Kathy Tseng, a Taiwanese-Costa Rican businesswoman, was absolved Monday in a Puntarenas court on charges of illegally landing 652 shark fins on a Costa Rican dock in 2011. According to prosecutors and ocean conservation groups, the landmark ruling by a Puntarenas judge has opened multiple loopholes for finners looking to skirt the law.
Since 2005, Costa Rica has had some form of ban on shark finning, a fishing method popularized due to the disproportionate rise in the value of shark fins – the key ingredient in the Asian delicacy shark-fin soup – when compared to shark meat.
To maximize profits by saving room in their hulls, fishermen began slicing off sharks’ fins and dumping the still-breathing animals overboard to bleed-out or be eaten. Finning has had no small part in the huge declines in Pacific shark populations. Biologists say that more than 90 percent of the populations of some shark species have been wiped out in the last 15 years.
Tseng’s case involved the first-ever prosecuted use of a technique known as “spining,” where shark spines are kept intact with the fins attached by strips of skin and the remaining flesh cut away. The slice-and-dice finning method was devised to slip through a loophole in Costa Rican law, which requires fins to arrive “naturally attached” to the sharks’ bodies.
In September 2011, Tseng’s boat, the Wang Jia Men 89, docked in the central Pacific port town of Puntarenas with 332 shark skeletons. Before the boat docked, Tseng sent an inquiry to the Costa Rican Fisheries Institute (Incopesca) to ask what would happen if her ship landed with spined sharks. She claimed the shark meat had been used for bait and as food for the crew. Luis Dobles, Incopesca’s executive director, allowed the boat to dock and unload the rest of its product, but a local prosecutor ordered customs officials to destroy the shark spines with fins.
“This is not shark finning and the law does not say whether the shark body needs to have all of its meat,” Dobles said in 2011. “I applied the law and did not allow them to sell those sharks, which is already a great loss for those companies.”
The prosecutor’s office opened investigations of both Dobles and Tseng, who in 2010 also was accused along with two others of human trafficking after authorities discovered 36 Asian slaves working at the group’s fishing company. Dobles’ case is still under investigation and may not go to trial.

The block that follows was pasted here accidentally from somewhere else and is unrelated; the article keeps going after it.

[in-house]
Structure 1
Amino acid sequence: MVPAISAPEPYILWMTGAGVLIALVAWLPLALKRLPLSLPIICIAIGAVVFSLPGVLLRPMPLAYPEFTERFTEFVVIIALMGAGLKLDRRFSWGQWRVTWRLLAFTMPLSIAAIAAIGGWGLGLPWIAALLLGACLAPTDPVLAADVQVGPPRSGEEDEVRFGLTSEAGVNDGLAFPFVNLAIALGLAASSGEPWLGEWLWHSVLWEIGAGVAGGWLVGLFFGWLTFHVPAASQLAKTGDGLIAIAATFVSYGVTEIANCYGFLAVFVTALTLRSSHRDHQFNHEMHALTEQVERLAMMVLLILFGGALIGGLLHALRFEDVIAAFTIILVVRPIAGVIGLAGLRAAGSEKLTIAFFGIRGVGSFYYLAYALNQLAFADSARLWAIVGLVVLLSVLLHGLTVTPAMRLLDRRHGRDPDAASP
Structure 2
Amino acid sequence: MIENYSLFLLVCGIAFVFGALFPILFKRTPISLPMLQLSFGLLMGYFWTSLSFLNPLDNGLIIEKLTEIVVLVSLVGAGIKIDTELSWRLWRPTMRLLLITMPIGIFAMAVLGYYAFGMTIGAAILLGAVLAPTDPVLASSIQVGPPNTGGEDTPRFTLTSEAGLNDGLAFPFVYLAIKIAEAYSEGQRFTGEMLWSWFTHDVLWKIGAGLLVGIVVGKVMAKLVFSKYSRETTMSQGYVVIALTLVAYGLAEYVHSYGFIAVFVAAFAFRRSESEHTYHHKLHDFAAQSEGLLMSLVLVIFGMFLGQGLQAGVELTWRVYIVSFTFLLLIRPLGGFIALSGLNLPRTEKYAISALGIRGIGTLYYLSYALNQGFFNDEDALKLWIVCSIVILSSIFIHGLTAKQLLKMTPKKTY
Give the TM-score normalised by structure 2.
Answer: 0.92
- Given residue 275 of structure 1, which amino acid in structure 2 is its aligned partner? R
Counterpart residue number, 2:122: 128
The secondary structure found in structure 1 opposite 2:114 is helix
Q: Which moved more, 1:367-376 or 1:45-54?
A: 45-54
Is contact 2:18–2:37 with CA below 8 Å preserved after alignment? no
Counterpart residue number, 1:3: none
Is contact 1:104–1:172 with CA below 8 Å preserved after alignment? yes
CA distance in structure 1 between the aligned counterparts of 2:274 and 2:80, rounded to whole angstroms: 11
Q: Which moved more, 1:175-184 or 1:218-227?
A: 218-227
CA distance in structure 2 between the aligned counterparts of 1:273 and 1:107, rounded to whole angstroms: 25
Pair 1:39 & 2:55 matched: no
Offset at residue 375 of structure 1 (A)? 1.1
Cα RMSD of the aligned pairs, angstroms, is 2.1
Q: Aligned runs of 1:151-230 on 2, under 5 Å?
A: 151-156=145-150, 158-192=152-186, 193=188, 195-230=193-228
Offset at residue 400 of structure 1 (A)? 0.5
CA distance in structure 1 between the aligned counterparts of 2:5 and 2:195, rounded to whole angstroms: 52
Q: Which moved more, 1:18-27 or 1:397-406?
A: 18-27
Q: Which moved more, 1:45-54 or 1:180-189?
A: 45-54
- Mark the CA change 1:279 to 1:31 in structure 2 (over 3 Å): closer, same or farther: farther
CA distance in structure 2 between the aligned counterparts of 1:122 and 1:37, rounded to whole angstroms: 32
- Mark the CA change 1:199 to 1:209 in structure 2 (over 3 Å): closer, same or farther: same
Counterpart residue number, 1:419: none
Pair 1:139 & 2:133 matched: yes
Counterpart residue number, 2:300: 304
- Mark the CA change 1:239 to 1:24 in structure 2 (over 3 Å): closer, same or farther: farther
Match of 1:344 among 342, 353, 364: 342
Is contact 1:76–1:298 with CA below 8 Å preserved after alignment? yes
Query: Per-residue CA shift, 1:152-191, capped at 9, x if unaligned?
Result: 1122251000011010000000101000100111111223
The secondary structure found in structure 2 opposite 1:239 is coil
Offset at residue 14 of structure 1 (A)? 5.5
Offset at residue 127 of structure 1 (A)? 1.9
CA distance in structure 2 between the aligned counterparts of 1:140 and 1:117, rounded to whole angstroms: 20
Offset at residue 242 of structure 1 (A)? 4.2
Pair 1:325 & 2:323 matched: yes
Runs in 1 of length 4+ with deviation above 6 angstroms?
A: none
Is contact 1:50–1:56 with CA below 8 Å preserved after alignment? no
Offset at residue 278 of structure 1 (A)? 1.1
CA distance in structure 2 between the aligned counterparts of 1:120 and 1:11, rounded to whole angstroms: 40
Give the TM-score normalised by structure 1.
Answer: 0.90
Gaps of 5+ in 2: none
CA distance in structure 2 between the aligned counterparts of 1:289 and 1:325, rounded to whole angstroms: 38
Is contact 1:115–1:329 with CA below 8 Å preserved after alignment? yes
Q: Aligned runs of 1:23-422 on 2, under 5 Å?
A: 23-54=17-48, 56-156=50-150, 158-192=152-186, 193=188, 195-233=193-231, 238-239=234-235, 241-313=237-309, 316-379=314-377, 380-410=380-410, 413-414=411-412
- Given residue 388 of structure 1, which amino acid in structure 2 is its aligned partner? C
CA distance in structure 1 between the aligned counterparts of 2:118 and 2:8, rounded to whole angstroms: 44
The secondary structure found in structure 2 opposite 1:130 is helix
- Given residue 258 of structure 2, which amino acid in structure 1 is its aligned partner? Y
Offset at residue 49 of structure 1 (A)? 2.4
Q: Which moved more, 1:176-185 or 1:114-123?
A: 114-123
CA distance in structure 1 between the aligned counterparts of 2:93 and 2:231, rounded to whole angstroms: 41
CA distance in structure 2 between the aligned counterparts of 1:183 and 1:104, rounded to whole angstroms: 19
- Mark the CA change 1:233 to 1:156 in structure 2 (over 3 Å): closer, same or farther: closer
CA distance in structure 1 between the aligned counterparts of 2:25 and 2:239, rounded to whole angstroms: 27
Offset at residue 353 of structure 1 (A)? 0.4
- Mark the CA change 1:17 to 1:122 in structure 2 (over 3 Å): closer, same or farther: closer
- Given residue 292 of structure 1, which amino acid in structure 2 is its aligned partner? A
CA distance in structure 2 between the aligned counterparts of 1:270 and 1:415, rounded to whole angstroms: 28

There have been no further reported incidents of shark spining since the Wang Jia Men 89, but in November, Interpol issued a purple alert warning other countries to be on the lookout for spining.
In the weeks leading up to the ruling, ocean conservation groups published press releases warning that a not-guilty verdict could set a bad precedent for finning in the future.
“This case needs to be strongly sanctioned in order to send an example,” the Comission for the Conservation of Sharks wrote in a press release. “That is the only way to avoid opening the door for similar cases in the future.”
According to the case’s prosecutor, Tatiana Chaves, a judge absolved Tseng of all charges, saying she had not broken the law. The judge ruled that because Tseng did not unload and sell the finned sharks, she had not committed a crime.
However, during the trial, both defense expert witnesses backed out of testifying. Incopesca biologist José Miguel Carvajal chose not to testify after the prosecution warned him that taking the stand could endanger his job at Incopesca due to a conflict of interest. Environmental consultant Moíses Mug failed to show up in court.
Prosecutors and ocean conservation groups fear that Monday’s ruling will effectively allow shark finning to continue unsanctioned, and, according to Chaves, the implications extend beyond spining, affecting finning legislation in general.
“With this reasoning the judge is permitting ships to arrive to shore with shark fins,” Chaves said. “As long as they do not unload them, it means they have not committed a crime.”
Chaves told The Tico Times the judge’s reasoning also calls into question finning operations at sea, such as last week’s seizure of more than 150 fins from a Costa Rican boat in the country’s South Pacific. If the fins must be landed for a crime to have been committed, then fishermen caught in the act of finning may not be culpable.
According to environmental groups, the verdict weakens the strong stance Costa Rica has recently taken on marine conservation, a position that won President Laura Chinchilla the Shark Guardian Award from international shark conservation group Sharkproject.
“It’s another slap in the face of the conservation movement,” said Randall Arauz, president of Pretoma, an ocean conservation group in Costa Rica. “We are going out to the world showing ourselves as a world leader in shark-finning legislation, and then we show the world that when it comes to our domestic policies we are still ruled by the shark finning industry.”
Though Tseng was absolved of finning, prosecutors can still appeal the decision within 15 days of the ruling.
“Oh, we will be filing an appeal,” Chaves told The Tico Times. “Our war with this woman is not over yet.”
Read more: Here